Red-mature Tabasco (Capsicum frutescens) fruit (`McIlhenny Select') normally separate easily at the junction of the fruit and receptacle or calyx. Differences in fruit detachment force (FDF) between two lines, one that separates readily (`McIlhenny Select') and one that does not (`Hard Pick'), have been reported previously (Motsenbocker et al., 1995). In this study, enzyme activity from the detachment area was analyzed by viscosity reduction. The reaction mixture was 0.3% pectin in 20 mm NaAc, pH 5.5, for polygalacturonase (PG) and 0.6% carboxymethyl cellulose (CMC) in 20 mm NaPO4, pH 6.0, for cellulase. Preliminary data indicated that PG and cellulase enzyme activity increased during fruit ripening in both lines. Only cellulase activity, however, correlated with FDF. In addition, the activity of both enzymes was higher in the `McIlhenny Select' line than the `Hard Pick' line at the orange and red-mature stages.
Ramon Arancibia, Manuel Palada, Mack Thetford and Shibu Jose
Specialty cut flowers may be suited to sustainable production system in the tropics and an agroforestry approach was developed to add a commercial value to unused forest areas. Ginger lily (Alpinia purpurata), a specialty tropical cut flower, was planted under a sustainable alley cropping system with moringa (Moringa oleifera), to evaluate the biophysical interactions between system components. Moringa trees were planted in rows 5 m apart and were 5 years old at the time ginger lilies were planted on 1 June 2005. Two rows of ginger lilies spaced 0.6 m in row and 1.7 m between rows were planted on a 1-foot-high bed between moringa rows when trees were about 6 m tall. Alley plot length was 10 m. After a month, plant establishment was 96%. In July, the moringa trees were pruned down to 1.5 m and the biomass (foliage) was used as green manure. Ginger lilies were also mulched with straw. Plots were gradually shaded as moringa shoots developed reducing the photosynthetic photon flux to 40% of direct sun light in September and to 15% four months later. Six months after planting, height and number of shoots in shaded ginger lilies were 58% and 30% of plants in full sun, respectively. Ginger lilies began to flower 5 months after planting in the sunny plots, but no flowers were produced after 7 months in the shady plots. Since soil and tissue nitrate-N was the same between treatments, moringa biomass appears to be insufficient to increase the nutrient status of the crop. In addition, the low light intensity in the alley appears to be suboptimal for growth and production of ginger lilies.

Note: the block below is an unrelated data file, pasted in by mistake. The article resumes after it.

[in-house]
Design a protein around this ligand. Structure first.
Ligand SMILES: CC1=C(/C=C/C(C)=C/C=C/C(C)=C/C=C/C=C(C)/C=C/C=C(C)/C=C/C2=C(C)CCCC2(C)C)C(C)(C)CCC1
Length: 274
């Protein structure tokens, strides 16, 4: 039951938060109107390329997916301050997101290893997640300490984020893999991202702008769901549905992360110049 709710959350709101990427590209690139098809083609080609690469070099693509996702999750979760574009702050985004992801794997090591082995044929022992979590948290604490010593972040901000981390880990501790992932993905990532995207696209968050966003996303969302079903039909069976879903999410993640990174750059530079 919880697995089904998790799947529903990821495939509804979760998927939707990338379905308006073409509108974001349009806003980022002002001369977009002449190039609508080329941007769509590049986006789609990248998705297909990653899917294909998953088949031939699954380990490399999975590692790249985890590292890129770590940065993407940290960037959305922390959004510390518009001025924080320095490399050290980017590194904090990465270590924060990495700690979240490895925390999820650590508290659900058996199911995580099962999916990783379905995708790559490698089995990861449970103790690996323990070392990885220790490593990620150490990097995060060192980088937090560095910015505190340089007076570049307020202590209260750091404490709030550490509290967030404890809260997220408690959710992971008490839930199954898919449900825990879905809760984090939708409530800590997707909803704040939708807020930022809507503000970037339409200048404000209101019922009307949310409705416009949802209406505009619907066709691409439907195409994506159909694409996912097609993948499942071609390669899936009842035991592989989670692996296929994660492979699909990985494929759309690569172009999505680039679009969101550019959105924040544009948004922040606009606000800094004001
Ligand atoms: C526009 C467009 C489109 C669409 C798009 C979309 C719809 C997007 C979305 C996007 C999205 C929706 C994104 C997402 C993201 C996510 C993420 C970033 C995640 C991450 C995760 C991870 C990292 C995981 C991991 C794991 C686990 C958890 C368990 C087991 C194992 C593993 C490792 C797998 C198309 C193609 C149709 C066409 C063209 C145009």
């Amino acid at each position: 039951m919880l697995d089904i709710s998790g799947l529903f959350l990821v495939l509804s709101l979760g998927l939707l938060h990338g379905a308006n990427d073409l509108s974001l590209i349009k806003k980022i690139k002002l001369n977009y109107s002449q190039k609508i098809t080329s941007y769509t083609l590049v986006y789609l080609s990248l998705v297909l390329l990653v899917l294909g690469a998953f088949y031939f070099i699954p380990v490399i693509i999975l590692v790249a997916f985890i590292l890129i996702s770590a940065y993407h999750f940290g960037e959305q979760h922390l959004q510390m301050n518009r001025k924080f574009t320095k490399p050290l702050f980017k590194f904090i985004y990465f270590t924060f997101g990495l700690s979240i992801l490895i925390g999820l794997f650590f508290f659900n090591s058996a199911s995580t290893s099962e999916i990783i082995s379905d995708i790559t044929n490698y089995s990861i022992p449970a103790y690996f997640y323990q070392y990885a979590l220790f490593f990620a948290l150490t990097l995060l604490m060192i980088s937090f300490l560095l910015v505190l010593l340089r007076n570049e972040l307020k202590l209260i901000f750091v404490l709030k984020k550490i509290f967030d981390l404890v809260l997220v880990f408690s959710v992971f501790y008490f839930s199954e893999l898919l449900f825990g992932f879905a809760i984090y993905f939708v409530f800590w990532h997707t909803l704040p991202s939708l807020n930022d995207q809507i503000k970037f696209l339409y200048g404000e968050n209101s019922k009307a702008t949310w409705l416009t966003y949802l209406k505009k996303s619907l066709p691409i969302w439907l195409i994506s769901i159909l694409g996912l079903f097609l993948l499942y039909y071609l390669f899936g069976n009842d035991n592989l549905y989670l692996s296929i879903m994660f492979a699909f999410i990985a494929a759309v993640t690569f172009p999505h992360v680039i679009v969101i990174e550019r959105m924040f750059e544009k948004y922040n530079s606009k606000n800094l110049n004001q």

Tej P. Acharya, Gregory E. Welbaum and Ramón A. Arancibia
Farmers use low tunnels (LTs) covered with spunbonded fabric to protect warm-season vegetable crops against cold temperatures and extend the growing season. Cool season vegetable crops may also benefit from LTs by enhancing vegetative growth and development. This study investigated the effect of the microenvironmental conditions under LTs on brussels sprouts growth and production as well as water requirements and use efficiency in comparison with those in open fields. Low tunnels increased minimum soil temperature in all trials. By contrast, LTs reduced evapotranspiration (ET) 54% to 68% by reducing solar radiation (SR) and blocking wind in spite of increased maximum air temperatures. Because of reduced ET, water needs and irrigation decreased by 24% to 40%. Furthermore, LTs enhanced vegetative growth (plant leaf area, plant height, and plant dry weight). Sprouts per plant and yield under LTs increased by 29% and 46% in Spring 2017, by 22% and 46% in Fall 2017, and by 29% and 22% in Spring 2018. Considering the increased growth and productivity and reduced irrigation, LTs increased water-use efficiency (WUE) in relation to yield by 62% to 107% in comparison with open fields. Increased total yield and improved WUE illustrate that LTs may be a useful management tool in sustainable production systems in addition to their traditional role for season extension.